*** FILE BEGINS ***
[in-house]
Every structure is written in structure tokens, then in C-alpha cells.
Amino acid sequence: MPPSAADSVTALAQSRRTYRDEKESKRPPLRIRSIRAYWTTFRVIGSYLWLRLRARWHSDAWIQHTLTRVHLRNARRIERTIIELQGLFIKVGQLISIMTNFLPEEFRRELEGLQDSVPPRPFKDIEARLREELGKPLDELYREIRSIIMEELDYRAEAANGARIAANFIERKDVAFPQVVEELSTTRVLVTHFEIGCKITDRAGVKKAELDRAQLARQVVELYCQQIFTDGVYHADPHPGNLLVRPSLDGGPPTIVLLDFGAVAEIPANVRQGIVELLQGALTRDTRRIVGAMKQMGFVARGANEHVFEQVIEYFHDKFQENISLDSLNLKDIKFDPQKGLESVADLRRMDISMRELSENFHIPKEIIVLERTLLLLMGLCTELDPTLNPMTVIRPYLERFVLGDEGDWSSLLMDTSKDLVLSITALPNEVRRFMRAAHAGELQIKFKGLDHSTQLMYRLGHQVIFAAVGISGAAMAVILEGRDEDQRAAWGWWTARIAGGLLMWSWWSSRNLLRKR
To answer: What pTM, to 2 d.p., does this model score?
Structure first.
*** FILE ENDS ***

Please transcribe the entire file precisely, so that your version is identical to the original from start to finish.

[in-house]
Every structure is written in structure tokens, then in C-alpha cells.
Amino acid sequence: MPPSAADSVTALAQSRRTYRDEKESKRPPLRIRSIRAYWTTFRVIGSYLWLRLRARWHSDAWIQHTLTRVHLRNARRIERTIIELQGLFIKVGQLISIMTNFLPEEFRRELEGLQDSVPPRPFKDIEARLREELGKPLDELYREIRSIIMEELDYRAEAANGARIAANFIERKDVAFPQVVEELSTTRVLVTHFEIGCKITDRAGVKKAELDRAQLARQVVELYCQQIFTDGVYHADPHPGNLLVRPSLDGGPPTIVLLDFGAVAEIPANVRQGIVELLQGALTRDTRRIVGAMKQMGFVARGANEHVFEQVIEYFHDKFQENISLDSLNLKDIKFDPQKGLESVADLRRMDISMRELSENFHIPKEIIVLERTLLLLMGLCTELDPTLNPMTVIRPYLERFVLGDEGDWSSLLMDTSKDLVLSITALPNEVRRFMRAAHAGELQIKFKGLDHSTQLMYRLGHQVIFAAVGISGAAMAVILEGRDEDQRAAWGWWTARIAGGLLMWSWWSSRNLLRKR
To answer: What pTM, to 2 d.p., does this model score?
Structure first.